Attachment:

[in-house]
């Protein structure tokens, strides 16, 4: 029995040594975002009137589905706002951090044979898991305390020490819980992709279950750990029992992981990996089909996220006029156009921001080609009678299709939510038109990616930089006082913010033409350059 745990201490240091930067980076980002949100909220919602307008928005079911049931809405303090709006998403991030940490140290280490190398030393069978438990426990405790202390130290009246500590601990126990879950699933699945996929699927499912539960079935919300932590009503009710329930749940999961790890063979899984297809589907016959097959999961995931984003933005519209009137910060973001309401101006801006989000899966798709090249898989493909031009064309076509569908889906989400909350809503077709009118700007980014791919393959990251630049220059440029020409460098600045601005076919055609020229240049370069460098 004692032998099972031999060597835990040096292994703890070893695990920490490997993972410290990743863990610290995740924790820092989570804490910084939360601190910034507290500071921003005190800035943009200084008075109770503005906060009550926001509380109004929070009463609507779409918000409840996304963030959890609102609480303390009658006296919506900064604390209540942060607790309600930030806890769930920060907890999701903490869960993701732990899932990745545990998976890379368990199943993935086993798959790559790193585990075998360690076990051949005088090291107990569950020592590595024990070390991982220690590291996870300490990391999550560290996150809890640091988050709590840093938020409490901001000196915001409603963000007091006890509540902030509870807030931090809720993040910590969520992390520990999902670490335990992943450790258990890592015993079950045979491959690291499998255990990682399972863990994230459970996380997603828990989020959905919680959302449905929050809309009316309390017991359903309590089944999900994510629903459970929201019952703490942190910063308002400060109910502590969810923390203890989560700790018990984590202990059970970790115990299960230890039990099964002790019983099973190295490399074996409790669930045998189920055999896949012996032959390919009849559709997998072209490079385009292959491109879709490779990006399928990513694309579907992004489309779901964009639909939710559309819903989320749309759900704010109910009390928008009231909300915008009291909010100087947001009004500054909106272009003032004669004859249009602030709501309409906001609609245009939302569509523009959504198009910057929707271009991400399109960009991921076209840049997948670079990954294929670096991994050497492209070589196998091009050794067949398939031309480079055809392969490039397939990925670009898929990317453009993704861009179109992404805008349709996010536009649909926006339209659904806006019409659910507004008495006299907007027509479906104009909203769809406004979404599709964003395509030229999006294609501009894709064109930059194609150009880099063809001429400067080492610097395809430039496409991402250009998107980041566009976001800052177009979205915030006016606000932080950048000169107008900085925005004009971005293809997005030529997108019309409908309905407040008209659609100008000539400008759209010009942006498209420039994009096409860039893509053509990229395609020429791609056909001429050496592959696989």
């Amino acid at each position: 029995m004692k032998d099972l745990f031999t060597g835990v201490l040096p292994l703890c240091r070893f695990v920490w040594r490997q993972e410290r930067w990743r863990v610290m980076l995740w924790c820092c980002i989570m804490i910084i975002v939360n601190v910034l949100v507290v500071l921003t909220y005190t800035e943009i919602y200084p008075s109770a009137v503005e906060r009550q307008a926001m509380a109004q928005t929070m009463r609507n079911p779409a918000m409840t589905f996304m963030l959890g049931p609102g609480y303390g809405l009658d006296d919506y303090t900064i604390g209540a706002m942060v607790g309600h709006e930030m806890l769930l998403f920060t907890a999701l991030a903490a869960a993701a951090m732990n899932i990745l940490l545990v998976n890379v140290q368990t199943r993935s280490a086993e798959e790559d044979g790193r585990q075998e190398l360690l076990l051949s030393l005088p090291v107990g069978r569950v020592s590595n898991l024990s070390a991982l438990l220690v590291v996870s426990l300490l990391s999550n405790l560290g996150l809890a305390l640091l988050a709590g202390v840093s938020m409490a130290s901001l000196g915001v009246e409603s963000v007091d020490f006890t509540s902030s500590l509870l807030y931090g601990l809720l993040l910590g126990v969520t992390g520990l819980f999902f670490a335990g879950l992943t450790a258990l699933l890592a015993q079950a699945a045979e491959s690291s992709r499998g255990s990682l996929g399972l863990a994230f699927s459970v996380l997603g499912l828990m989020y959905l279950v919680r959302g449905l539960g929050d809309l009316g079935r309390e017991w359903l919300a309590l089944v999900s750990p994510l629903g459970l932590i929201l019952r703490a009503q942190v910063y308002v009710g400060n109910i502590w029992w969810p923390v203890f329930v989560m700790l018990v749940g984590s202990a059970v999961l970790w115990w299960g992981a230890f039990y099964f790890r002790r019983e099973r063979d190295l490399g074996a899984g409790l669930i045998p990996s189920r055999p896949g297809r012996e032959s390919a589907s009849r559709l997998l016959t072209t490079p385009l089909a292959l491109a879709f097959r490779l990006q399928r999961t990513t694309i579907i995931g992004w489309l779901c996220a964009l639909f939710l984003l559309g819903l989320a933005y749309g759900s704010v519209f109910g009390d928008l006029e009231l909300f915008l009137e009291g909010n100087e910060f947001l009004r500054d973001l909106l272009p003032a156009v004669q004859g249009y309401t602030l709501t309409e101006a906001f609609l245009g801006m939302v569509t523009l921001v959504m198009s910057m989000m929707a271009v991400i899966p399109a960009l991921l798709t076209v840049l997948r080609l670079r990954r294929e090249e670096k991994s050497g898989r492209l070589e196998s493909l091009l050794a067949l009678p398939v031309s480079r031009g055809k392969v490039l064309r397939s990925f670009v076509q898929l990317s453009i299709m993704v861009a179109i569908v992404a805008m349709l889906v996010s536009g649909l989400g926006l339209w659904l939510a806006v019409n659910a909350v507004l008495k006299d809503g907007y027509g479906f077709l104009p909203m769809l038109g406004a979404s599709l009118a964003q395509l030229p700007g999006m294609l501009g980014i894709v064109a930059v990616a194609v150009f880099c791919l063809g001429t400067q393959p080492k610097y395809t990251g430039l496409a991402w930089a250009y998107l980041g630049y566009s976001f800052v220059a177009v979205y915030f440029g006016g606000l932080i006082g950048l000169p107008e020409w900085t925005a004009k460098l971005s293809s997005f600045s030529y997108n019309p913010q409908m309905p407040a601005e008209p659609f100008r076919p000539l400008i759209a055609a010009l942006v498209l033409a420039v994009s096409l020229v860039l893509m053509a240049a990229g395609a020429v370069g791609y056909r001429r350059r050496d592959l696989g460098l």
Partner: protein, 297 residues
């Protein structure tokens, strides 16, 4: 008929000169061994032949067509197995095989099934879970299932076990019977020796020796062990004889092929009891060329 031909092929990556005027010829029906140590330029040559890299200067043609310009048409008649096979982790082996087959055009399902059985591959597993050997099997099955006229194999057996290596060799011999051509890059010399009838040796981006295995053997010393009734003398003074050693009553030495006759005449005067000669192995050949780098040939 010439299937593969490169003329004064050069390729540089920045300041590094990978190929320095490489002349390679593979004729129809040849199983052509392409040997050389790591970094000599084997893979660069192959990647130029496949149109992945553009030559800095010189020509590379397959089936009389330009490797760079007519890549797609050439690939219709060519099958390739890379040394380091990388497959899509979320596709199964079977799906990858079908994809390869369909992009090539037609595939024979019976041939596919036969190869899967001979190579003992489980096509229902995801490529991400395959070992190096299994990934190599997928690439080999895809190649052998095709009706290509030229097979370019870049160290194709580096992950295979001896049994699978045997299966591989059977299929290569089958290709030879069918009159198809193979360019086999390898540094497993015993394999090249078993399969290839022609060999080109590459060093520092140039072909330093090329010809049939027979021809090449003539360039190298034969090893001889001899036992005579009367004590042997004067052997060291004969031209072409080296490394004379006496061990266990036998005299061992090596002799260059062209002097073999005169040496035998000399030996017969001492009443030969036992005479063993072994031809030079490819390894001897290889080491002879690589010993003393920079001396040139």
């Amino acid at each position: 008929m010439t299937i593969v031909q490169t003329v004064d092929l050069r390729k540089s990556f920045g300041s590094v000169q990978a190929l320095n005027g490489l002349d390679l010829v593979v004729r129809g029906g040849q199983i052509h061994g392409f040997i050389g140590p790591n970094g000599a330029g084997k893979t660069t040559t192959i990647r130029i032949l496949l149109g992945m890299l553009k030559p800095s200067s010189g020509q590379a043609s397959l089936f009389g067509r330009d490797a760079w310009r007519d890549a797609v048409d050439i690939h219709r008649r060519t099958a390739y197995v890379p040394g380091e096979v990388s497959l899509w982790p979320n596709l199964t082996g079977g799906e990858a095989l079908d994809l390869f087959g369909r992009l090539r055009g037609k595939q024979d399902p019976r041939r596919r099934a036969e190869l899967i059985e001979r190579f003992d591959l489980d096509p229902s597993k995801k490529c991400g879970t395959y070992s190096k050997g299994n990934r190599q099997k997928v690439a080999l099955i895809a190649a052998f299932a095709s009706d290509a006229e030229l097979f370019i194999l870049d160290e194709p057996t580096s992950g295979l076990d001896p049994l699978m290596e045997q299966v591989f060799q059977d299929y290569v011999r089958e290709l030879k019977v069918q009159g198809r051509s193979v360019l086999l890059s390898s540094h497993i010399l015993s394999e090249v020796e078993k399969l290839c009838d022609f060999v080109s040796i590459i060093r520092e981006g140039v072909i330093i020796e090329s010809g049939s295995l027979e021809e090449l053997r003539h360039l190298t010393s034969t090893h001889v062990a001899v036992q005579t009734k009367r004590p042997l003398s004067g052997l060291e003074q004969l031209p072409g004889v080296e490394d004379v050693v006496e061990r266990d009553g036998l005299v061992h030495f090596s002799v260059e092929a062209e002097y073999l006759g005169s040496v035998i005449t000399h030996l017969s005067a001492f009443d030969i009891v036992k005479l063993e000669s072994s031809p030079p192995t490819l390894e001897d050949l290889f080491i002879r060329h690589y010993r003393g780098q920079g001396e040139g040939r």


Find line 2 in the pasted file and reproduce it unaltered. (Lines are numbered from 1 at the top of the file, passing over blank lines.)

């Protein structure tokens, strides 16, 4: 029995040594975002009137589905706002951090044979898991305390020490819980992709279950750990029992992981990996089909996220006029156009921001080609009678299709939510038109990616930089006082913010033409350059 745990201490240091930067980076980002949100909220919602307008928005079911049931809405303090709006998403991030940490140290280490190398030393069978438990426990405790202390130290009246500590601990126990879950699933699945996929699927499912539960079935919300932590009503009710329930749940999961790890063979899984297809589907016959097959999961995931984003933005519209009137910060973001309401101006801006989000899966798709090249898989493909031009064309076509569908889906989400909350809503077709009118700007980014791919393959990251630049220059440029020409460098600045601005076919055609020229240049370069460098 004692032998099972031999060597835990040096292994703890070893695990920490490997993972410290990743863990610290995740924790820092989570804490910084939360601190910034507290500071921003005190800035943009200084008075109770503005906060009550926001509380109004929070009463609507779409918000409840996304963030959890609102609480303390009658006296919506900064604390209540942060607790309600930030806890769930920060907890999701903490869960993701732990899932990745545990998976890379368990199943993935086993798959790559790193585990075998360690076990051949005088090291107990569950020592590595024990070390991982220690590291996870300490990391999550560290996150809890640091988050709590840093938020409490901001000196915001409603963000007091006890509540902030509870807030931090809720993040910590969520992390520990999902670490335990992943450790258990890592015993079950045979491959690291499998255990990682399972863990994230459970996380997603828990989020959905919680959302449905929050809309009316309390017991359903309590089944999900994510629903459970929201019952703490942190910063308002400060109910502590969810923390203890989560700790018990984590202990059970970790115990299960230890039990099964002790019983099973190295490399074996409790669930045998189920055999896949012996032959390919009849559709997998072209490079385009292959491109879709490779990006399928990513694309579907992004489309779901964009639909939710559309819903989320749309759900704010109910009390928008009231909300915008009291909010100087947001009004500054909106272009003032004669004859249009602030709501309409906001609609245009939302569509523009959504198009910057929707271009991400399109960009991921076209840049997948670079990954294929670096991994050497492209070589196998091009050794067949398939031309480079055809392969490039397939990925670009898929990317453009993704861009179109992404805008349709996010536009649909926006339209659904806006019409659910507004008495006299907007027509479906104009909203769809406004979404599709964003395509030229999006294609501009894709064109930059194609150009880099063809001429400067080492610097395809430039496409991402250009998107980041566009976001800052177009979205915030006016606000932080950048000169107008900085925005004009971005293809997005030529997108019309409908309905407040008209659609100008000539400008759209010009942006498209420039994009096409860039893509053509990229395609020429791609056909001429050496592959696989």